This week, the federal Food and Drug Administration announced its withdrawal of approval for Avastin, a commonly-used breast cancer drug.
Avastin, the trade name for the drug bevacizumab, is one of a class of drugs known as “biological therapy.” The drug is a product of Genentech, a biotechnology company based in San Francisco, California.
Avastin is designed to inhibit or prevent the growth of blood vessels which feed cancerous tumors, thus inhibiting or even reversing the growth of the tumors themselves. The drug itself is an antibody, which binds to a specific protein known as vascular endothelial growth factor A. This protein is important in blood vessel growth and development in the human body.
The drug thus works through a process known as anti-angiongenesis. Cancerous tumors over-produce VEGF, which then works to form blood vessels connecting to the tumor, so that the tumor can receive nourishment and grow. The process was developed by Judah Folkman, a recently-deceased surgeon with Harvard Medical School.
Although the process took a long time to gain credence, there are now at least 10 drugs utilizing anti-angiongenesis sold in the United States, and industry reports reveal that roughly 50 more such drugs are in the development pipeline.
The FDA’s revocation does not extend to Avastin’s other approved uses. The drug is still approved for the treatment of metastatic colorectal cancer, advanced non-small-cell lung cancers, gliobastoma which has spread even after prior treatments, and certain metastatic kidney cancers.
The FDA’s decision to revoke Avastin’s approval for breast-cancer treatment is based upon what is, to our drug injury attorneys, a particularly troubling combination: lack of effect and dangerous side effects.
First, the drug in fact has no effect on breast cancer. Despite some initial slowing of the growth of breast cancer tumors, patients treated with Avastin did not have an increased survival rate, or live longer, than patients not treated.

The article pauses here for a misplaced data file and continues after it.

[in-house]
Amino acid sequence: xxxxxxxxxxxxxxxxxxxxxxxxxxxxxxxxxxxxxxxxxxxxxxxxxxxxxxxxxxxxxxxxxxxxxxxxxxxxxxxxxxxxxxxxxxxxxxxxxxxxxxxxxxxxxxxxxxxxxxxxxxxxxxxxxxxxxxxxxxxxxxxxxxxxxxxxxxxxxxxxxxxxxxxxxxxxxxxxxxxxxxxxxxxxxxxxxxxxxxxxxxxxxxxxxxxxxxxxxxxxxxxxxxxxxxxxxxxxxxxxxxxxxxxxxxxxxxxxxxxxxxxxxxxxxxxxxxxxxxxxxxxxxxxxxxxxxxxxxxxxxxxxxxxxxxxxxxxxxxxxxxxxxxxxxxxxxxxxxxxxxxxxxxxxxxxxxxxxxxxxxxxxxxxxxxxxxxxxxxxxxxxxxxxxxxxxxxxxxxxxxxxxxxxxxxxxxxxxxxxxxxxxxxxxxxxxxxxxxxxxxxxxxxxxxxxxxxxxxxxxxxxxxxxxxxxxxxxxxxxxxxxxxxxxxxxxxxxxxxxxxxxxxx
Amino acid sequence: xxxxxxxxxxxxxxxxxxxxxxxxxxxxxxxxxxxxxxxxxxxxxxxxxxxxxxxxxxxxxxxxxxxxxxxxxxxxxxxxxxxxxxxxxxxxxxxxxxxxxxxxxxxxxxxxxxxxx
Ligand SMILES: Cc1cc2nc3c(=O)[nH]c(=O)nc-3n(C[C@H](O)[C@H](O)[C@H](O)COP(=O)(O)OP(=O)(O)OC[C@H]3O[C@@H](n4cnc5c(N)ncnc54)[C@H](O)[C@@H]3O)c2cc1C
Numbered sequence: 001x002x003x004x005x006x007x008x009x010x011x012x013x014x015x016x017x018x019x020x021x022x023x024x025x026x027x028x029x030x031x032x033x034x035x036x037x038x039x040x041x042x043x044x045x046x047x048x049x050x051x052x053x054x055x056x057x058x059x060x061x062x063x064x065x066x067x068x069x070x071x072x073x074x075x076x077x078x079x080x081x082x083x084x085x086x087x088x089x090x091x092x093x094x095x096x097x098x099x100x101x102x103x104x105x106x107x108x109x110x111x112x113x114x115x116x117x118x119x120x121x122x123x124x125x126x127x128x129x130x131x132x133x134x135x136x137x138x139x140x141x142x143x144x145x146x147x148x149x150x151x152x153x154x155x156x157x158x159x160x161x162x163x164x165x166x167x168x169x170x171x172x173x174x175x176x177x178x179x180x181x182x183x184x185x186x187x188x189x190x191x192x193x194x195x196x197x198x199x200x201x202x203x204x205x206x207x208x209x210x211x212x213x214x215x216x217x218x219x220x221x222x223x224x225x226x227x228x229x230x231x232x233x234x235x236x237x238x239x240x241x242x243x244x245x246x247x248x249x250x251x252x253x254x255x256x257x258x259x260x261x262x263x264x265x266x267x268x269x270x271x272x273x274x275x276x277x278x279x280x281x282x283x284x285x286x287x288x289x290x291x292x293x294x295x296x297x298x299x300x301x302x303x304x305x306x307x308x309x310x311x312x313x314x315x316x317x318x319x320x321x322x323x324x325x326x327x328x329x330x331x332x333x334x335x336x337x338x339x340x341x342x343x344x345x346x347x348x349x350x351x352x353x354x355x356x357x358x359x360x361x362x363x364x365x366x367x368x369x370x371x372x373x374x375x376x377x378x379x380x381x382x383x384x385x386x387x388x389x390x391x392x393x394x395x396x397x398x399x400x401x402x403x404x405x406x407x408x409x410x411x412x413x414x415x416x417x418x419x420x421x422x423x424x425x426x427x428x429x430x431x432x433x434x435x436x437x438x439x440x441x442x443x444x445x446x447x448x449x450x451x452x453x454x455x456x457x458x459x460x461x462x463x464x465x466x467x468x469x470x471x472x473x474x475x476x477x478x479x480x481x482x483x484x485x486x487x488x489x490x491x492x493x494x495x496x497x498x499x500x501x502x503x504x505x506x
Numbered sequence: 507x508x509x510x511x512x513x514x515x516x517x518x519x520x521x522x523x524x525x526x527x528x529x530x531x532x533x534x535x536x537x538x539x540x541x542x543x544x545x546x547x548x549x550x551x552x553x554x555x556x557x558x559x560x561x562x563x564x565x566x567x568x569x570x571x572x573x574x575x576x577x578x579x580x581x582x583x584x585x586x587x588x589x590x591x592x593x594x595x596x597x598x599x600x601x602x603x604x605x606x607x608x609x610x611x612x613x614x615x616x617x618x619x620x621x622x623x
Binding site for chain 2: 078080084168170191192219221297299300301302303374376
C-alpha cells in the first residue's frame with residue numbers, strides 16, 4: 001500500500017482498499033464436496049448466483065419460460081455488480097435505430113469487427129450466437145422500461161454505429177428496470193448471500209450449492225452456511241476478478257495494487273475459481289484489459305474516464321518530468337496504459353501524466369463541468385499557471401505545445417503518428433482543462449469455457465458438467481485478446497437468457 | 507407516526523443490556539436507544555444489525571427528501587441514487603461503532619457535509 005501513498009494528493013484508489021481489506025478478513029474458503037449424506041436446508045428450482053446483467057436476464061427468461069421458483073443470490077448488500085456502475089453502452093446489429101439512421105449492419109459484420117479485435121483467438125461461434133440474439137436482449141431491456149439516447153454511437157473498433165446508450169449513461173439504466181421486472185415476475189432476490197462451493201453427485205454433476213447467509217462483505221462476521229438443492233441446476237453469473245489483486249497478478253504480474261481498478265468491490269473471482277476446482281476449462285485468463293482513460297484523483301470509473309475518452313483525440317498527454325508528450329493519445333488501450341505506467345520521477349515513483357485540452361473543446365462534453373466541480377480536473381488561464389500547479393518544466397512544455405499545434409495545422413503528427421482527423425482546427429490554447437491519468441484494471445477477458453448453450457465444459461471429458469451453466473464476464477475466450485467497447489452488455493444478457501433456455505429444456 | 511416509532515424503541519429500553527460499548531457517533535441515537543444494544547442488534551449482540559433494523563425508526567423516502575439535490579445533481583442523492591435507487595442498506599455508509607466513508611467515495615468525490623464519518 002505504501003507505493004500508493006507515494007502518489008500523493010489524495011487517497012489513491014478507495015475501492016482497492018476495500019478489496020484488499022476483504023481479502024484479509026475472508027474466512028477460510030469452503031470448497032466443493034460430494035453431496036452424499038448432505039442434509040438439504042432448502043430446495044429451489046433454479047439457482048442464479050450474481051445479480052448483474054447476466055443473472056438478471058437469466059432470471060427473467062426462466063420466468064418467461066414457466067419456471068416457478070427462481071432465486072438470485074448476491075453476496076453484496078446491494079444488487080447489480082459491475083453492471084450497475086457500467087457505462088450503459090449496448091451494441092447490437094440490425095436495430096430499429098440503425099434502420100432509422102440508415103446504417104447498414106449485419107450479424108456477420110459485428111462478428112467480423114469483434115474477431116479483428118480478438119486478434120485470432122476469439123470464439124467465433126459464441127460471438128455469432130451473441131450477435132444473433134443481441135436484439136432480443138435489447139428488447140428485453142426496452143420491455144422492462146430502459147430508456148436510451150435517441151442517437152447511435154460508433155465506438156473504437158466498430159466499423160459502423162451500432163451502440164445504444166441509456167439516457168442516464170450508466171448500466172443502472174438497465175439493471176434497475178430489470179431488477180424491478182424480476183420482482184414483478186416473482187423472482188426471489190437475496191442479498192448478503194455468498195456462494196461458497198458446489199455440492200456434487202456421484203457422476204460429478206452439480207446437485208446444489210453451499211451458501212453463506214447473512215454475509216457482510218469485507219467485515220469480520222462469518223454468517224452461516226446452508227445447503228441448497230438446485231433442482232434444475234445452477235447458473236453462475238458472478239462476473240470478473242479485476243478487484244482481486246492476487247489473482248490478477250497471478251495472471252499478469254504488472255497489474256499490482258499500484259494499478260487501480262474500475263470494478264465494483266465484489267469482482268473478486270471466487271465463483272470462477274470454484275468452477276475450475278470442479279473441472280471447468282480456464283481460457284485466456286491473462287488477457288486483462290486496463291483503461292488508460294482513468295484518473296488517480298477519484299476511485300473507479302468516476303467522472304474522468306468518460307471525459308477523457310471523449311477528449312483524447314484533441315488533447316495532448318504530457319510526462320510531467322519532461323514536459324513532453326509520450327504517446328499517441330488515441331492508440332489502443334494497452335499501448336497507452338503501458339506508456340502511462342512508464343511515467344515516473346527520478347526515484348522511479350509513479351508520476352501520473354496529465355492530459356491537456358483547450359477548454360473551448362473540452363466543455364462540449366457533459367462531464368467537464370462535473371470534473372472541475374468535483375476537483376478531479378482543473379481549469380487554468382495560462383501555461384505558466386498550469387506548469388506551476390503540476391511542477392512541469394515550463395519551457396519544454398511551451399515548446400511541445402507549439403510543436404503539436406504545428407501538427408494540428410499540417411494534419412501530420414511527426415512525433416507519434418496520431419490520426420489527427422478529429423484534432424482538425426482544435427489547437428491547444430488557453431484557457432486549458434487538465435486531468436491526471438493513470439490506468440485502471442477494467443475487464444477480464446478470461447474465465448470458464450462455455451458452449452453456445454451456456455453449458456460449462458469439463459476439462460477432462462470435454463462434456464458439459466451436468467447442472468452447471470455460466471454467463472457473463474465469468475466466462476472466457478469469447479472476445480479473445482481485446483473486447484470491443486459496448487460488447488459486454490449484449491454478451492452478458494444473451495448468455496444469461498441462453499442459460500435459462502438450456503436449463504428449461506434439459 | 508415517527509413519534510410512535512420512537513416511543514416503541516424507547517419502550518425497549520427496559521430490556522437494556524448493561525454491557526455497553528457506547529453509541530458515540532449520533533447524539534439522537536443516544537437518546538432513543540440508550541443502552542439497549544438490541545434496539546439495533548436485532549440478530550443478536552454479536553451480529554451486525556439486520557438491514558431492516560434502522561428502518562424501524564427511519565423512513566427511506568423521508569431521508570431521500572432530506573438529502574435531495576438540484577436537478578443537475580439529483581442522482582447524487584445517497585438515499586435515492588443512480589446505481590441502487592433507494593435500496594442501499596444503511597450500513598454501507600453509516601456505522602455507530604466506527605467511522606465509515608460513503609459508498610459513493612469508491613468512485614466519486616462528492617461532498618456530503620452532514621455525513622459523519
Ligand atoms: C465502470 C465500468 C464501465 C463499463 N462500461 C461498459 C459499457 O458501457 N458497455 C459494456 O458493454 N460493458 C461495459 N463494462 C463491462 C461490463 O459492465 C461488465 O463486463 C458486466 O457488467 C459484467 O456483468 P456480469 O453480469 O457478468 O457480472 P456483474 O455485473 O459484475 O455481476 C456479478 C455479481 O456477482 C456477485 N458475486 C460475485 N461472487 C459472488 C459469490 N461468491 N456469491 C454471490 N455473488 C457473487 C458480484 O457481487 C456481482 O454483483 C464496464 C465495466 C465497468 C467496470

Second, the drug triggers a number of extremely serious side effects.
Indeed, roughly 1% of Avastin patients died not from breast cancer, but from side effects of Avastin. These side effects include (among others) heart attacks, strokes, and congestive heart failure.
Moreover, the company was hardly unaware of the concerns which triggered the removal of approval, even as it continued to market and sell the drug as a breast cancer treatment. Even from the early days of the drug’s approval, there were many questions concerning whether the drug had any meaningful effect on breast cancers. In fact, when the drug was approved, it was despite the 5-to-4 recommendation against approval by an advisory panel. Although the FDA considers the recommendations of its independent advisory panels, it is not bound to do so.
Studies since have simply confirmed what many researchers were already saying: Avastin does not improve patients’ chances of survival, or prolong patients’ lives.
The move to revoke the approval began in July of 2010, when a second advisory panel recommended withdrawal based on further studies showing no benefit. But it took until December of 2010 for the FDA to take any action to begin the withdrawal – action that was fiercely challenged by Genentech. Yet another advisory panel conferred, and took testimony on the matter for two days, eventually voting unanimously to revoke the approval – a vote which did not occur until June of this year.
Our personal injury attorneys are appalled that, even with the overwhelming evidence that Avastin was costing lives, not saving or prolonging them, the company continued to actively market and sell this drug, under the FDA’s approval. There is no excuse for a bureaucratic process lasting nearly a year and a half before this confirmed dangerous drug could be withdrawn.
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